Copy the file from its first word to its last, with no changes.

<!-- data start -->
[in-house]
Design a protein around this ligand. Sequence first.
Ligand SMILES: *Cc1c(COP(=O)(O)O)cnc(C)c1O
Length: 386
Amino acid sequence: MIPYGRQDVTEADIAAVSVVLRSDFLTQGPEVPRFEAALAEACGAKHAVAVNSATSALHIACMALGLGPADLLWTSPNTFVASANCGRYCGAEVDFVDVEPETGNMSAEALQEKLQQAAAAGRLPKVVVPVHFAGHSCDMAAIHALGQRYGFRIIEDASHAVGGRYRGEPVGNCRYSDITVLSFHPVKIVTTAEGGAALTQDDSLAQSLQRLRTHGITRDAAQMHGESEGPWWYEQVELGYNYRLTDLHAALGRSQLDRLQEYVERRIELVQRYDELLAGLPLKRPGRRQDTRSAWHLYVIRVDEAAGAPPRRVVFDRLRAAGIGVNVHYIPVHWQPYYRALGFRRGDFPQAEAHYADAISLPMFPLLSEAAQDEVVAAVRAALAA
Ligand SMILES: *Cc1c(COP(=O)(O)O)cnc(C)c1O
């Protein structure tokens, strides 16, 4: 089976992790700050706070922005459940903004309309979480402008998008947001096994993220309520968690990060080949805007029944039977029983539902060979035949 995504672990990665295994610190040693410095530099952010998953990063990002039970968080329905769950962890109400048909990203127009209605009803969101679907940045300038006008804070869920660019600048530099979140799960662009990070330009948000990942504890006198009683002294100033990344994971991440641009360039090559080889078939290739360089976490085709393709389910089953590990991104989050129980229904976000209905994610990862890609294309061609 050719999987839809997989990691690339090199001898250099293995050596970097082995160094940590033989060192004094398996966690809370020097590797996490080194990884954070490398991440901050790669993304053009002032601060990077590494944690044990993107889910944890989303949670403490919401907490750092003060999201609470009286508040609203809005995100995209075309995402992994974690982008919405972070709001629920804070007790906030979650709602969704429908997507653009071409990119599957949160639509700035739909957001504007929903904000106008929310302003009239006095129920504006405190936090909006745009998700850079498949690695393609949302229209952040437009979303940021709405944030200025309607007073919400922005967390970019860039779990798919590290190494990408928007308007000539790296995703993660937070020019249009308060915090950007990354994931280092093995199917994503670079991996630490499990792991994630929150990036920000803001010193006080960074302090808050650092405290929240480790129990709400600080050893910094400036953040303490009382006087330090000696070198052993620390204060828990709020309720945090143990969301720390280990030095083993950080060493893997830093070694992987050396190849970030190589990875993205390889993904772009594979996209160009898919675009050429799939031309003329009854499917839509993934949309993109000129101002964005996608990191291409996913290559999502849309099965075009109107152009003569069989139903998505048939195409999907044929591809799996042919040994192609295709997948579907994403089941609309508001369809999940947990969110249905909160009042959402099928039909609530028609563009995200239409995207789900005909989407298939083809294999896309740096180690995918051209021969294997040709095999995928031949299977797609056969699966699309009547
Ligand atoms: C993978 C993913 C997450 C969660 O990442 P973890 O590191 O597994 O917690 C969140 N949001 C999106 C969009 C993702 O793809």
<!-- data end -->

[in-house]
Design a protein around this ligand. Sequence first.
Ligand SMILES: *Cc1c(COP(=O)(O)O)cnc(C)c1O
Length: 386
Amino acid sequence: MIPYGRQDVTEADIAAVSVVLRSDFLTQGPEVPRFEAALAEACGAKHAVAVNSATSALHIACMALGLGPADLLWTSPNTFVASANCGRYCGAEVDFVDVEPETGNMSAEALQEKLQQAAAAGRLPKVVVPVHFAGHSCDMAAIHALGQRYGFRIIEDASHAVGGRYRGEPVGNCRYSDITVLSFHPVKIVTTAEGGAALTQDDSLAQSLQRLRTHGITRDAAQMHGESEGPWWYEQVELGYNYRLTDLHAALGRSQLDRLQEYVERRIELVQRYDELLAGLPLKRPGRRQDTRSAWHLYVIRVDEAAGAPPRRVVFDRLRAAGIGVNVHYIPVHWQPYYRALGFRRGDFPQAEAHYADAISLPMFPLLSEAAQDEVVAAVRAALAA
Ligand SMILES: *Cc1c(COP(=O)(O)O)cnc(C)c1O
């Protein structure tokens, strides 16, 4: 089976992790700050706070922005459940903004309309979480402008998008947001096994993220309520968690990060080949805007029944039977029983539902060979035949 995504672990990665295994610190040693410095530099952010998953990063990002039970968080329905769950962890109400048909990203127009209605009803969101679907940045300038006008804070869920660019600048530099979140799960662009990070330009948000990942504890006198009683002294100033990344994971991440641009360039090559080889078939290739360089976490085709393709389910089953590990991104989050129980229904976000209905994610990862890609294309061609 050719999987839809997989990691690339090199001898250099293995050596970097082995160094940590033989060192004094398996966690809370020097590797996490080194990884954070490398991440901050790669993304053009002032601060990077590494944690044990993107889910944890989303949670403490919401907490750092003060999201609470009286508040609203809005995100995209075309995402992994974690982008919405972070709001629920804070007790906030979650709602969704429908997507653009071409990119599957949160639509700035739909957001504007929903904000106008929310302003009239006095129920504006405190936090909006745009998700850079498949690695393609949302229209952040437009979303940021709405944030200025309607007073919400922005967390970019860039779990798919590290190494990408928007308007000539790296995703993660937070020019249009308060915090950007990354994931280092093995199917994503670079991996630490499990792991994630929150990036920000803001010193006080960074302090808050650092405290929240480790129990709400600080050893910094400036953040303490009382006087330090000696070198052993620390204060828990709020309720945090143990969301720390280990030095083993950080060493893997830093070694992987050396190849970030190589990875993205390889993904772009594979996209160009898919675009050429799939031309003329009854499917839509993934949309993109000129101002964005996608990191291409996913290559999502849309099965075009109107152009003569069989139903998505048939195409999907044929591809799996042919040994192609295709997948579907994403089941609309508001369809999940947990969110249905909160009042959402099928039909609530028609563009995200239409995207789900005909989407298939083809294999896309740096180690995918051209021969294997040709095999995928031949299977797609056969699966699309009547
Ligand atoms: C993978 C993913 C997450 C969660 O990442 P973890 O590191 O597994 O917690 C969140 N949001 C999106 C969009 C993702 O793809």